The café’s hours are listed as only Wednesday through Sunday, 8 a.m. to 5 p.m., but that’s likely to catch you if you’re traveling around the communities nestled in Gros Morne National Park, on the island’s West coast. Norris Point is also home to the boutique Neddie’s Harbour Inn (with The Black Spruce restaurant), a still-standing cottage hospital building and the Bonne Bay Marine Station. The café is a morning retreat or a lunch stop, allowing you to escape from the deep-fried fare like fish and chips so common around the island. Think Greek pasta salad, smoked meat paninis or paprika potato corn chowder. There’s always something new popping up on the menu. But the café offers hot coffee and has plenty of practice with steamed milk and specialty coffees. The owners have been busy renovating next door, planning the addition of an ice cream and gift shop, so one more thing to check out this summer.
Crow’s Nest Café-Twillingate, N.L.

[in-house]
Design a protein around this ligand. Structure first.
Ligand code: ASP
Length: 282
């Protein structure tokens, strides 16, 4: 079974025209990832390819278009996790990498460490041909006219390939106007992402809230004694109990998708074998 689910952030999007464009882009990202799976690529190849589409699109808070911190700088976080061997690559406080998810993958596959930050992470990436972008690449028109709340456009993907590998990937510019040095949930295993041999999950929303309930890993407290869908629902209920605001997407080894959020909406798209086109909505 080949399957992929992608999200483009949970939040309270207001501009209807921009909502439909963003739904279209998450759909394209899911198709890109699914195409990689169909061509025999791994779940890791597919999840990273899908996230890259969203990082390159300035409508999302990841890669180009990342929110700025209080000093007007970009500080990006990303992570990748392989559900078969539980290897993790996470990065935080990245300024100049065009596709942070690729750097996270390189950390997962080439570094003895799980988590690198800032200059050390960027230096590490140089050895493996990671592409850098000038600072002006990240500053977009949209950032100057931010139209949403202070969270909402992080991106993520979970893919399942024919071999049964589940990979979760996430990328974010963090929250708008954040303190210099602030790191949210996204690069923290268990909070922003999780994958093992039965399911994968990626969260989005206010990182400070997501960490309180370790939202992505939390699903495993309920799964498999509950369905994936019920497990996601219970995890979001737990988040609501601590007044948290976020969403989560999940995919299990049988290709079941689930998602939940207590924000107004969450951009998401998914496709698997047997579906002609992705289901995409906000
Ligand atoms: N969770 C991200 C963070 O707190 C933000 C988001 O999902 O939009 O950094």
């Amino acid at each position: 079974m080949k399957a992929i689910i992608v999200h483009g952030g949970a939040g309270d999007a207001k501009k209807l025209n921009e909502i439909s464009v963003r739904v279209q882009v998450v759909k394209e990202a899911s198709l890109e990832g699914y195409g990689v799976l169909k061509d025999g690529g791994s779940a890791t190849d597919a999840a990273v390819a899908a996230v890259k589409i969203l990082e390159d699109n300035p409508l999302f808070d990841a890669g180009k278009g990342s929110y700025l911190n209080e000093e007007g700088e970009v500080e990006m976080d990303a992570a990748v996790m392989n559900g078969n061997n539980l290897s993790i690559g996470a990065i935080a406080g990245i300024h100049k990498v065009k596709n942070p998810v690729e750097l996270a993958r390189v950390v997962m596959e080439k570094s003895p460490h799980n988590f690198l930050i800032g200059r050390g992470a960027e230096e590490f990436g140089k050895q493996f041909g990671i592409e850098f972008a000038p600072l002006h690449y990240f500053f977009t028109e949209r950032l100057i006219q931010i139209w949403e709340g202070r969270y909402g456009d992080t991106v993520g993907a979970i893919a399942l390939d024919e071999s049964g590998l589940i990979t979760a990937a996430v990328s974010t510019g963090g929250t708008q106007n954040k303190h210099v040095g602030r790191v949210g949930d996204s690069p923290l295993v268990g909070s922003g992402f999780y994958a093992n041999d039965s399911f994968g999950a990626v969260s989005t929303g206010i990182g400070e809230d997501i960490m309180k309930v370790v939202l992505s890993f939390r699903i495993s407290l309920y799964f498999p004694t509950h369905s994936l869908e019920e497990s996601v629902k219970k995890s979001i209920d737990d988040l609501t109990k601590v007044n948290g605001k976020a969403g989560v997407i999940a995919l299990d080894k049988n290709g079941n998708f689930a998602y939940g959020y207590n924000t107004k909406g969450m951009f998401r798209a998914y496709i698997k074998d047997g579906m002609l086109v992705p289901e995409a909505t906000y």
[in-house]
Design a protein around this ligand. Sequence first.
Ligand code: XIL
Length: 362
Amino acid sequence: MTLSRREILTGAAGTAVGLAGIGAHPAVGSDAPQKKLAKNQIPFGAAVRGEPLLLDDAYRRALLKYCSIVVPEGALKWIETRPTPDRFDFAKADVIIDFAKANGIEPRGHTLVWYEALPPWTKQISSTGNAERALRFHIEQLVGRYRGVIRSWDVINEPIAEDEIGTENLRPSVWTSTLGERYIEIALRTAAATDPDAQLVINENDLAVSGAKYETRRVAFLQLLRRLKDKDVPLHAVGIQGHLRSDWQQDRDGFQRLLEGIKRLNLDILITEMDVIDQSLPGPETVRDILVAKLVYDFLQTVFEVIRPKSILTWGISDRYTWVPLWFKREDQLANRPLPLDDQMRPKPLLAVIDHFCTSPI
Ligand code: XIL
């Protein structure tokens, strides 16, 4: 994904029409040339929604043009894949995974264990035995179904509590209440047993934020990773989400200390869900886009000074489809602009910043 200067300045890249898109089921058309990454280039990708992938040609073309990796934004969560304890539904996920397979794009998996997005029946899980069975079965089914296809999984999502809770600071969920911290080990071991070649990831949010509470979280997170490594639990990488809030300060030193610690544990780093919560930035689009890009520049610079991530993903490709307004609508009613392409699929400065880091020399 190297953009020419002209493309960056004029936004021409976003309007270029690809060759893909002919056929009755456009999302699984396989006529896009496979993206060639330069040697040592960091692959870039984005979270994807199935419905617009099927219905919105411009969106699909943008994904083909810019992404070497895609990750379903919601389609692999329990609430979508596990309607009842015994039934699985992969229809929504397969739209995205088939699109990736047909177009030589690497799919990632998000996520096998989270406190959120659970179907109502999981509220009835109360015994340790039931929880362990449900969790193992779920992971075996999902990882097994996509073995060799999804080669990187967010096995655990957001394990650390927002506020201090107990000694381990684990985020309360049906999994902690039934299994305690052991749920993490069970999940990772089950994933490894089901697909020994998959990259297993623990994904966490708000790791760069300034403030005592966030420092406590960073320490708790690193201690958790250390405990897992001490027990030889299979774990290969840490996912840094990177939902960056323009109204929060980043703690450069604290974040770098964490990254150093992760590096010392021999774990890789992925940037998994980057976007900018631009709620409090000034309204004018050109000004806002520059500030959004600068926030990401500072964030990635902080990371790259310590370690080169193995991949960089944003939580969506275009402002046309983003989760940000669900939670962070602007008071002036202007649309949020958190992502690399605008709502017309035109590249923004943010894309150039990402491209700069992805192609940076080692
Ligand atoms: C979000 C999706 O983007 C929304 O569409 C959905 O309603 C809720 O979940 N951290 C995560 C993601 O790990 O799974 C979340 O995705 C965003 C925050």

The café is actually in Crow Head, not far from the Long Point Lighthouse (the community is only now considered part of the Town of Twillingate for the sake of municipal services and business affairs). The Crow’s Nest is a destination, where the fair-trade coffee pairs perfectly with everything from bagged lunches for take away, to something from the sweets counter. Grab a large, black coffee with a homemade orange partridgeberry muffin in the morning, wrap or soup midday, or treat yourself later in the day to a sticky bun or piece of cheesecake on the side. The café wins kudos for recently offering days for community volunteers, gifting free coffees and treats. It’s worth checking out the Crow’s Nest on Facebook to see video of a rather unique solution to the owners’ desire for a few more parking spaces around the café, without bulldozing for parking space (I mean why not just pick up and spin the house next door?).